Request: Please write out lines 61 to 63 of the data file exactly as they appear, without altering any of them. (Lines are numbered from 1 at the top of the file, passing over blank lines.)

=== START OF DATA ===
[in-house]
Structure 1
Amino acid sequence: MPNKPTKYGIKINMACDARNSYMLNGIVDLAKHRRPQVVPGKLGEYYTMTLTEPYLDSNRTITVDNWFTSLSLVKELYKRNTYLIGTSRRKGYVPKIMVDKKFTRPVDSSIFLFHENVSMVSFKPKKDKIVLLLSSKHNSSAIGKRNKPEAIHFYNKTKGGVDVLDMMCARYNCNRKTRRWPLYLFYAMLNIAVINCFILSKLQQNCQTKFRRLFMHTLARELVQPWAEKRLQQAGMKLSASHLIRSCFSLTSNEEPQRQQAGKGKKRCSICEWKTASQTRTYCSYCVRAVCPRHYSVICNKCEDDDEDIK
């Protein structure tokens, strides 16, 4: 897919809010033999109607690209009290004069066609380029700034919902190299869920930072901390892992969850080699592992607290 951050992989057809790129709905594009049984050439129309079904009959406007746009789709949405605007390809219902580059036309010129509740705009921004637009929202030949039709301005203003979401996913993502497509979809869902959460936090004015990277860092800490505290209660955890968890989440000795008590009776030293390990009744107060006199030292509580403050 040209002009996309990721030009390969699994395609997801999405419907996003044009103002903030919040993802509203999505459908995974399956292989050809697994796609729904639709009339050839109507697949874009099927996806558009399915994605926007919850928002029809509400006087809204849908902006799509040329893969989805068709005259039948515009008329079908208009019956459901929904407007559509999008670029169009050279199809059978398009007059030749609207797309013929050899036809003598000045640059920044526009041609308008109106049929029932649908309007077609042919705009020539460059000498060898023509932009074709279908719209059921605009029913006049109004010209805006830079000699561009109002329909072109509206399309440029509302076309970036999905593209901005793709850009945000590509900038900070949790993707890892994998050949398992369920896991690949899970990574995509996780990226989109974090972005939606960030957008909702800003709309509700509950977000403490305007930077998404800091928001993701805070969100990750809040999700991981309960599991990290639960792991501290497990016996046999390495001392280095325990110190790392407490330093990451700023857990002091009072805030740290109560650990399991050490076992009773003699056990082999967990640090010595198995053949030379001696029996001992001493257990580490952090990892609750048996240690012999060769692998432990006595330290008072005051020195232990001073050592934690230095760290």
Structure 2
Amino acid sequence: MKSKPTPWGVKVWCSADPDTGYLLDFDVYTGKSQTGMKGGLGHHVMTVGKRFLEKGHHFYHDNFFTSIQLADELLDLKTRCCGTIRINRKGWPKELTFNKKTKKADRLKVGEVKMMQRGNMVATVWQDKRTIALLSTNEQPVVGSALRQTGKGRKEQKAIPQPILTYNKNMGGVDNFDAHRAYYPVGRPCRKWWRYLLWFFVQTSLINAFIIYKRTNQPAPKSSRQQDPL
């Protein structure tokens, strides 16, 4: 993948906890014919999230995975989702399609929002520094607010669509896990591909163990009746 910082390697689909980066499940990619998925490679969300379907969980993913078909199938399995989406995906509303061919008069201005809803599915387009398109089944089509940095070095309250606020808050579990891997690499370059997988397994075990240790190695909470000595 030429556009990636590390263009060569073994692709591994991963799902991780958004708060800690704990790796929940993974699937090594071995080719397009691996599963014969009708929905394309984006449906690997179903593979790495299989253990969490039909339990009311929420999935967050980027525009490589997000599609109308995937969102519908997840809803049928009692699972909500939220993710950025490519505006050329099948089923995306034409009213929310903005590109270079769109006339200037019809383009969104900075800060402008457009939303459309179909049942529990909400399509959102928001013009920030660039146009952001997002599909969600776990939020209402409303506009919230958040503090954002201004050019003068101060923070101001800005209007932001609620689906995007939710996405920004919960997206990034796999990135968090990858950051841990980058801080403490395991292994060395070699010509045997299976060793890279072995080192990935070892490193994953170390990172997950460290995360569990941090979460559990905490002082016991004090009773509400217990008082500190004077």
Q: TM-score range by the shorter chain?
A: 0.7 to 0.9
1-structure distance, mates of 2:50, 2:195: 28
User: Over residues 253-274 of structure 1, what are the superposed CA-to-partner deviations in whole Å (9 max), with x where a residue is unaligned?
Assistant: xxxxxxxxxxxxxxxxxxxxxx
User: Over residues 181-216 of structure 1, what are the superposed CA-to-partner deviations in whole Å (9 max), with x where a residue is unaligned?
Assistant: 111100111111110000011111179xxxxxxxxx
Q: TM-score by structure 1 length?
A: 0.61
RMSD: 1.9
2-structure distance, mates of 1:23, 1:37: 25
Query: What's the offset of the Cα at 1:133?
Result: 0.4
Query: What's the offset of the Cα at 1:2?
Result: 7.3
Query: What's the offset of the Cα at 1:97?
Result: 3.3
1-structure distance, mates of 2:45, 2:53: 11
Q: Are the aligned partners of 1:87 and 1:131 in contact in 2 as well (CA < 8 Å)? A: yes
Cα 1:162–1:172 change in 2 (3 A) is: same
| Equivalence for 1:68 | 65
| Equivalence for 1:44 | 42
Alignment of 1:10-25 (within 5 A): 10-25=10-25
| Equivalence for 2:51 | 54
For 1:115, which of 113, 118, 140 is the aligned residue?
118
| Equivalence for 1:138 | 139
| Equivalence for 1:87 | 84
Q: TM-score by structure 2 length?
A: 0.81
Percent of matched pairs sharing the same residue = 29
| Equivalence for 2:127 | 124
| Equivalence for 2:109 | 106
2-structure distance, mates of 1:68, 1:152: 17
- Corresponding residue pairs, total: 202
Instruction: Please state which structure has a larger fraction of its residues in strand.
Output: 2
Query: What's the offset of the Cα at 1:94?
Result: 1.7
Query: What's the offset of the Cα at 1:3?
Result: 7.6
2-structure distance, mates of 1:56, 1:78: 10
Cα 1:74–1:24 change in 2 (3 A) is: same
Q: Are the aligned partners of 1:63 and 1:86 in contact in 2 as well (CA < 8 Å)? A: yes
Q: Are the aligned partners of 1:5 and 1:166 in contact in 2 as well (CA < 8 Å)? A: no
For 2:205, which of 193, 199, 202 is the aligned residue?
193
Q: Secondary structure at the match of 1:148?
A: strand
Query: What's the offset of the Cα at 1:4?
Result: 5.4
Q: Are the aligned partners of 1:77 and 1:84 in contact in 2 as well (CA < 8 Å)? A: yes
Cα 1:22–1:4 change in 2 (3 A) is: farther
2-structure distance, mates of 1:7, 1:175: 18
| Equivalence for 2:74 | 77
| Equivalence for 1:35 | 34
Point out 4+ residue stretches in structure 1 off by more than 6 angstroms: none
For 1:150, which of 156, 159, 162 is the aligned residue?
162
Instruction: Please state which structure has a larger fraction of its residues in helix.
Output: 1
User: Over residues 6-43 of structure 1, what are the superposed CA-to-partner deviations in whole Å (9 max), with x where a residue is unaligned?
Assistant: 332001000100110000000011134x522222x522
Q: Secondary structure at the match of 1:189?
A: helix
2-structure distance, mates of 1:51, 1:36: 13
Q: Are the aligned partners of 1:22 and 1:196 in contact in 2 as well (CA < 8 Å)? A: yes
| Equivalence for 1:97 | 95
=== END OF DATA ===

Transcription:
2-structure distance, mates of 1:7, 1:175: 18
| Equivalence for 2:74 | 77
| Equivalence for 1:35 | 34